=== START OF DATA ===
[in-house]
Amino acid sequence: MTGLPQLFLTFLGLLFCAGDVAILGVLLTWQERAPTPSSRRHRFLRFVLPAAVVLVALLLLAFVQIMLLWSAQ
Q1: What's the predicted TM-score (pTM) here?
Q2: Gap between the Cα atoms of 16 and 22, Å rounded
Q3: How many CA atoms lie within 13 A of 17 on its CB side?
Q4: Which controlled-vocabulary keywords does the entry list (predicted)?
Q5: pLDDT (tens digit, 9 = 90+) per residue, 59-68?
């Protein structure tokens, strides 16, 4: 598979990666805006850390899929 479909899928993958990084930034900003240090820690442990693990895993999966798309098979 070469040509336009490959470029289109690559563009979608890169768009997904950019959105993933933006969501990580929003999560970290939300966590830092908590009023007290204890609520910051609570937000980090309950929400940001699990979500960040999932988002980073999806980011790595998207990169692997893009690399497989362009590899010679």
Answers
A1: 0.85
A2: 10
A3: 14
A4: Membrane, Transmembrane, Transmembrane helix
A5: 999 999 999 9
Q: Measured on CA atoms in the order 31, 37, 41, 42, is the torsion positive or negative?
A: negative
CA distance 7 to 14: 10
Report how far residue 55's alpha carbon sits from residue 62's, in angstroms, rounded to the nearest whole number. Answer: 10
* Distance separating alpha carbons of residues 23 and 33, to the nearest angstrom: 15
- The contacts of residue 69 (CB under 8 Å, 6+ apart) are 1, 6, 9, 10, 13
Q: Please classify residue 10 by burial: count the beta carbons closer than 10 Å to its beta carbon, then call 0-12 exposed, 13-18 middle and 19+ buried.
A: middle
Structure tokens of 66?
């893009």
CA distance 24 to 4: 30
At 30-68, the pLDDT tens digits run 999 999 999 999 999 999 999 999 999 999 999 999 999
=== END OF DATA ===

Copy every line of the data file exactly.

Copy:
[in-house]
Amino acid sequence: MTGLPQLFLTFLGLLFCAGDVAILGVLLTWQERAPTPSSRRHRFLRFVLPAAVVLVALLLLAFVQIMLLWSAQ
Q1: What's the predicted TM-score (pTM) here?
Q2: Gap between the Cα atoms of 16 and 22, Å rounded
Q3: How many CA atoms lie within 13 A of 17 on its CB side?
Q4: Which controlled-vocabulary keywords does the entry list (predicted)?
Q5: pLDDT (tens digit, 9 = 90+) per residue, 59-68?
């Protein structure tokens, strides 16, 4: 598979990666805006850390899929 479909899928993958990084930034900003240090820690442990693990895993999966798309098979 070469040509336009490959470029289109690559563009979608890169768009997904950019959105993933933006969501990580929003999560970290939300966590830092908590009023007290204890609520910051609570937000980090309950929400940001699990979500960040999932988002980073999806980011790595998207990169692997893009690399497989362009590899010679």
Answers
A1: 0.85
A2: 10
A3: 14
A4: Membrane, Transmembrane, Transmembrane helix
A5: 999 999 999 9
Q: Measured on CA atoms in the order 31, 37, 41, 42, is the torsion positive or negative?
A: negative
CA distance 7 to 14: 10
Report how far residue 55's alpha carbon sits from residue 62's, in angstroms, rounded to the nearest whole number. Answer: 10
* Distance separating alpha carbons of residues 23 and 33, to the nearest angstrom: 15
- The contacts of residue 69 (CB under 8 Å, 6+ apart) are 1, 6, 9, 10, 13
Q: Please classify residue 10 by burial: count the beta carbons closer than 10 Å to its beta carbon, then call 0-12 exposed, 13-18 middle and 19+ buried.
A: middle
Structure tokens of 66?
């893009």
CA distance 24 to 4: 30
At 30-68, the pLDDT tens digits run 999 999 999 999 999 999 999 999 999 999 999 999 999